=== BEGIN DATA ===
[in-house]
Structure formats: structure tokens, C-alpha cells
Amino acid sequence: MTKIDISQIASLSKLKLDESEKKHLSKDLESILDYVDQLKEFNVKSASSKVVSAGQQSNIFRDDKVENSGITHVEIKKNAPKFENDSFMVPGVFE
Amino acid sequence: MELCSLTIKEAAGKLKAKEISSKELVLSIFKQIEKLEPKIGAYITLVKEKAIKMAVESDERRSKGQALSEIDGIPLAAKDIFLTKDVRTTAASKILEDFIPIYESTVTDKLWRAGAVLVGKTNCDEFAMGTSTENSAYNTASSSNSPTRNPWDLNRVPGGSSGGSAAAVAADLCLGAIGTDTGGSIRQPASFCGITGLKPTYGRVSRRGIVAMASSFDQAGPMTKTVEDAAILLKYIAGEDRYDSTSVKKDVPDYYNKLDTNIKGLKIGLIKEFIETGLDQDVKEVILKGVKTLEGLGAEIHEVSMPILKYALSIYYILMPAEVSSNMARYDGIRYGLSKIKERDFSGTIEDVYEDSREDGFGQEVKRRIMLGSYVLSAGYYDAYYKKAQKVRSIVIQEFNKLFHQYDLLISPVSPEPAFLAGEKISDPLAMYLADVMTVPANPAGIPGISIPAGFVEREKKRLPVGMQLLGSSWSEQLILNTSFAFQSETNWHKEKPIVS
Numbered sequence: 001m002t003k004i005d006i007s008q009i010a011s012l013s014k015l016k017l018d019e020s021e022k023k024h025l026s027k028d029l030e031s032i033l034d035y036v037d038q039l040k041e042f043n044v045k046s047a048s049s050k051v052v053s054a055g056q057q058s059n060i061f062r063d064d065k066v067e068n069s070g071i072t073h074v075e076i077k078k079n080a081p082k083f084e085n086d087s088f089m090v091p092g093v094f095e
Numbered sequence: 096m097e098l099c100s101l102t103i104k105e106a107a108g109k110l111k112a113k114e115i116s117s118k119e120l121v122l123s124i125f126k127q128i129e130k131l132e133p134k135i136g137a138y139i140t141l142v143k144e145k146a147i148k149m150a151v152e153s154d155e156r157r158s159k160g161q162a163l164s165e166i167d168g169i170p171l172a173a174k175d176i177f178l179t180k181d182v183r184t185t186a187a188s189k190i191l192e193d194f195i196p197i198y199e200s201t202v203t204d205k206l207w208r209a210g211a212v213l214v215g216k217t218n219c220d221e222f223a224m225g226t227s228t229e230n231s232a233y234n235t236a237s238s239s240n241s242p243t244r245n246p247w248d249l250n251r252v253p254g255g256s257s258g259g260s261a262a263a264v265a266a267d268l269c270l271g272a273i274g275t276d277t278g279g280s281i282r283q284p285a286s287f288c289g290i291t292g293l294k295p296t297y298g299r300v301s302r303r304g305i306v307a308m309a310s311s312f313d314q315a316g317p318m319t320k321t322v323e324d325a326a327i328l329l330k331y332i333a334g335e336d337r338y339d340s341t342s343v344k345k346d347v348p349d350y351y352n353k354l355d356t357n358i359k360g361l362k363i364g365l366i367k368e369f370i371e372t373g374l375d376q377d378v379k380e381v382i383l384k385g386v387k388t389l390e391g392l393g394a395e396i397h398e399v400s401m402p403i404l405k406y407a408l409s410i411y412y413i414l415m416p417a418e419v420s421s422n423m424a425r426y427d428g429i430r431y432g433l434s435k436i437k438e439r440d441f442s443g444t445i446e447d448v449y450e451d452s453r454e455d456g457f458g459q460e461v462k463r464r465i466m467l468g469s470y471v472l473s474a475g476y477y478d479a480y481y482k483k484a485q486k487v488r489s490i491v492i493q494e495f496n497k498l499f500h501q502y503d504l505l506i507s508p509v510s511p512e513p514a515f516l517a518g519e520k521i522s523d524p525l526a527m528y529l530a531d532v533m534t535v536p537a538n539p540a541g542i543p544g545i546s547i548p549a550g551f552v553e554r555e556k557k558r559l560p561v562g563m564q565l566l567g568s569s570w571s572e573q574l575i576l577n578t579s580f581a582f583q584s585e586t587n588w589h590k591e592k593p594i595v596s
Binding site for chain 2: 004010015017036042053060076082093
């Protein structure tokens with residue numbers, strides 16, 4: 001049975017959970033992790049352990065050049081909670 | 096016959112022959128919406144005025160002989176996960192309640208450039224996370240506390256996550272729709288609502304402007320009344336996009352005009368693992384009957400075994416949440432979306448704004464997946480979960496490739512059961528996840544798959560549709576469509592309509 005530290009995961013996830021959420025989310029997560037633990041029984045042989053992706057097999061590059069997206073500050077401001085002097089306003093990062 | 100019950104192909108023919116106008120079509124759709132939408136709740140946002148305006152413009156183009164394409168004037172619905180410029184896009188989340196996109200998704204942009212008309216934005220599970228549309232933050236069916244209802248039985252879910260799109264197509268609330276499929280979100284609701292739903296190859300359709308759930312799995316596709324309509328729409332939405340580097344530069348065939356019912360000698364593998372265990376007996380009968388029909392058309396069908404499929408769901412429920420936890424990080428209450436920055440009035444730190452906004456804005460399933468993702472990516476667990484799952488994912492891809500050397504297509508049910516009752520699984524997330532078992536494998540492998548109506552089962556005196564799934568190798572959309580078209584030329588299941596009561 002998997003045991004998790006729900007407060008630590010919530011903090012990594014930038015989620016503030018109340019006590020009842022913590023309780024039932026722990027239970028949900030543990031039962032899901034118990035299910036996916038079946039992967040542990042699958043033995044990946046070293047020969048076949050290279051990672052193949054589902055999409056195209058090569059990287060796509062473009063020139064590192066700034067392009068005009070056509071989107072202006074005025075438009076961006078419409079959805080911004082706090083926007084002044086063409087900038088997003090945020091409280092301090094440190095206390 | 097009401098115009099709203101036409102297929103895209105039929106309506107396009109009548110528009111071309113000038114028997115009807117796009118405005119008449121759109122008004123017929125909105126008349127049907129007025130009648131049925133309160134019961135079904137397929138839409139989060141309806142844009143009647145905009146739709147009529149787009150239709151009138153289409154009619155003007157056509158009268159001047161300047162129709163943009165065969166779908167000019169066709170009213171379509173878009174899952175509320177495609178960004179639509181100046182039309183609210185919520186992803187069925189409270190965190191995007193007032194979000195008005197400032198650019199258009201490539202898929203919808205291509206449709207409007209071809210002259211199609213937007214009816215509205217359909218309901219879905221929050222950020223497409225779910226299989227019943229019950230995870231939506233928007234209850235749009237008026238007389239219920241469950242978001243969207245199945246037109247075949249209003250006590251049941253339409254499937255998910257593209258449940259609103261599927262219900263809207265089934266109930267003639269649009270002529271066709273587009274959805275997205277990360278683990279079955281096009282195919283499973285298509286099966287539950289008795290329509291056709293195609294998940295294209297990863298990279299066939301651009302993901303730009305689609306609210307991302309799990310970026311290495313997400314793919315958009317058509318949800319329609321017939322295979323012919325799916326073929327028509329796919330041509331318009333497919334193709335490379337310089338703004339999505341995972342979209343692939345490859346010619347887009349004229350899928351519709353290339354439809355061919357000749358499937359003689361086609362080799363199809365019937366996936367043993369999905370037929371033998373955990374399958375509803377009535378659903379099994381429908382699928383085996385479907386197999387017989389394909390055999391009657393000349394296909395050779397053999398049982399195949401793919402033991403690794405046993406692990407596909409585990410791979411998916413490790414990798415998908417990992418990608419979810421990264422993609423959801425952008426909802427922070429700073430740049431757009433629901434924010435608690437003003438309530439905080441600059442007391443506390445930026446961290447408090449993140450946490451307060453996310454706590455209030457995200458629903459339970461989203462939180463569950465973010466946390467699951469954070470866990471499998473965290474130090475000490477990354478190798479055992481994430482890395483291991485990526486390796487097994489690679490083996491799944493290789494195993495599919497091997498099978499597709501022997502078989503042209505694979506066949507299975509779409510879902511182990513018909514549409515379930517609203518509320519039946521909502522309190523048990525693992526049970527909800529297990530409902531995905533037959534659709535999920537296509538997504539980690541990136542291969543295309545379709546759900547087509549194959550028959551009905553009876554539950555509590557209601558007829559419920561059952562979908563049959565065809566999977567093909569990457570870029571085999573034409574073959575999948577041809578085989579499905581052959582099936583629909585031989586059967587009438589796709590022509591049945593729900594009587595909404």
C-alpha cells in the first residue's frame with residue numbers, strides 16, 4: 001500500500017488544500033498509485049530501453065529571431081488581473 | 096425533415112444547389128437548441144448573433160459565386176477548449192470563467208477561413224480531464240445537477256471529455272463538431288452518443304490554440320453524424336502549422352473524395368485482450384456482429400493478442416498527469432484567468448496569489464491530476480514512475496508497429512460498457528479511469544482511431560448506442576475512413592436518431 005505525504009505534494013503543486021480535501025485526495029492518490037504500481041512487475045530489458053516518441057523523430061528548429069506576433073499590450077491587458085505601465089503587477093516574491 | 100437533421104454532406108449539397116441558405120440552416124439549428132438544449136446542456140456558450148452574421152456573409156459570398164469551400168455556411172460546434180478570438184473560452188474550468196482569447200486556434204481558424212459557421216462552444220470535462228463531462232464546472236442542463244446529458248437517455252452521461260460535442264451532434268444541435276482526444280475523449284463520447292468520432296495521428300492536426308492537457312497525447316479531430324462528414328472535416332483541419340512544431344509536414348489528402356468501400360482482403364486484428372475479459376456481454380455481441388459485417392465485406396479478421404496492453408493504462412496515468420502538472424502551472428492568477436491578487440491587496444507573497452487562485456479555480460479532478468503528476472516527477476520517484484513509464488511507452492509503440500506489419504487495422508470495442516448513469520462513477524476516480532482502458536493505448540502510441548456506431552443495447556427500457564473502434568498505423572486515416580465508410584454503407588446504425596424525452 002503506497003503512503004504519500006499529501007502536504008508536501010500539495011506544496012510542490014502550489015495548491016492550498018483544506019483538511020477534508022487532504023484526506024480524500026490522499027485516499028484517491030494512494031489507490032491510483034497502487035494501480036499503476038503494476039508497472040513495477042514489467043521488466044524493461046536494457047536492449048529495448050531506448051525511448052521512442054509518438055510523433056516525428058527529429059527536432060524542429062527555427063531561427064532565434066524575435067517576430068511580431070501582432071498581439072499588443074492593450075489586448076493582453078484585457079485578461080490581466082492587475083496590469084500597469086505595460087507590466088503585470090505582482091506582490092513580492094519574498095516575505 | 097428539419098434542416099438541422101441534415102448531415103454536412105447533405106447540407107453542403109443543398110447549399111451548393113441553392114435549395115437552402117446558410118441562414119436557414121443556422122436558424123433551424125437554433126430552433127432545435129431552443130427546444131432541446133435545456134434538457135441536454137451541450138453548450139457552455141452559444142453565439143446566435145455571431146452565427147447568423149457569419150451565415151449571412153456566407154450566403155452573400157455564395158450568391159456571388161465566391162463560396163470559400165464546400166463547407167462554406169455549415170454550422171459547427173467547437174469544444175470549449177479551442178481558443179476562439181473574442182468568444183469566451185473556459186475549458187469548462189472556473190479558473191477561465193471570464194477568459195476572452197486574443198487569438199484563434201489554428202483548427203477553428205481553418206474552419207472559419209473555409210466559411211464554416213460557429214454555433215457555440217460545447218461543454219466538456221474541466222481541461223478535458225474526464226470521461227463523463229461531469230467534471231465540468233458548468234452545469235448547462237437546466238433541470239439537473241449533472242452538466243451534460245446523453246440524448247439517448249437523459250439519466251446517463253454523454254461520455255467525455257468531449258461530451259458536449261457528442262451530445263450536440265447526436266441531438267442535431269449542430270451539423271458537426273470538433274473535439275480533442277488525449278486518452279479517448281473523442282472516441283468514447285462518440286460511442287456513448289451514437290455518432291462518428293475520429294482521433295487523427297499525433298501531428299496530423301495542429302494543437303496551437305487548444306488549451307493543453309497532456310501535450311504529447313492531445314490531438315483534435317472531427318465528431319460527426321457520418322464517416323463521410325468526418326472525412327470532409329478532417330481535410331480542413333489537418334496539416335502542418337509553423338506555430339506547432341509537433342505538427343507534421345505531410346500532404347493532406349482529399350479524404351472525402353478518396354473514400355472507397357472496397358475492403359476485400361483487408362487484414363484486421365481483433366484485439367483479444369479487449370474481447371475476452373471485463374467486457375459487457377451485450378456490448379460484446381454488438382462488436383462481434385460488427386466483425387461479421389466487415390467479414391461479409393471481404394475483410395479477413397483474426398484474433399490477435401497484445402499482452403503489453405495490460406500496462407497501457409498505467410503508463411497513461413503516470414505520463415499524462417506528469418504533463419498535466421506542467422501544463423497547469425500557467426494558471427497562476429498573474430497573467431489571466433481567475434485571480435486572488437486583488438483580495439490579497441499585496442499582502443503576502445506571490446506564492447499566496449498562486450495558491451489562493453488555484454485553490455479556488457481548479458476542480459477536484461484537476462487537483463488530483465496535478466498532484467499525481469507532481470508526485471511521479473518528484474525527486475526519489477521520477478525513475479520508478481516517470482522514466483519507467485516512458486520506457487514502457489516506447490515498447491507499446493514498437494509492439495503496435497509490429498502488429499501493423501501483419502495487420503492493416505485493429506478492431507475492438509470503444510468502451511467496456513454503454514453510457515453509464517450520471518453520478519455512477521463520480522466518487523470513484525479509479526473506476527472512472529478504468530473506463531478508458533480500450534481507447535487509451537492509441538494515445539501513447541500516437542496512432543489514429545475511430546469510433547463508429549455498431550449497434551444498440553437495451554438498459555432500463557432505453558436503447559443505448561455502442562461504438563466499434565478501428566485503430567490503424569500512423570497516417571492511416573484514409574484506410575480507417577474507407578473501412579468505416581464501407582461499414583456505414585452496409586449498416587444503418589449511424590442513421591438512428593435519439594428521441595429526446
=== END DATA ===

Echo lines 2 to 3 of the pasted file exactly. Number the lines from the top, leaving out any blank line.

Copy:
Structure formats: structure tokens, C-alpha cells
Amino acid sequence: MTKIDISQIASLSKLKLDESEKKHLSKDLESILDYVDQLKEFNVKSASSKVVSAGQQSNIFRDDKVENSGITHVEIKKNAPKFENDSFMVPGVFE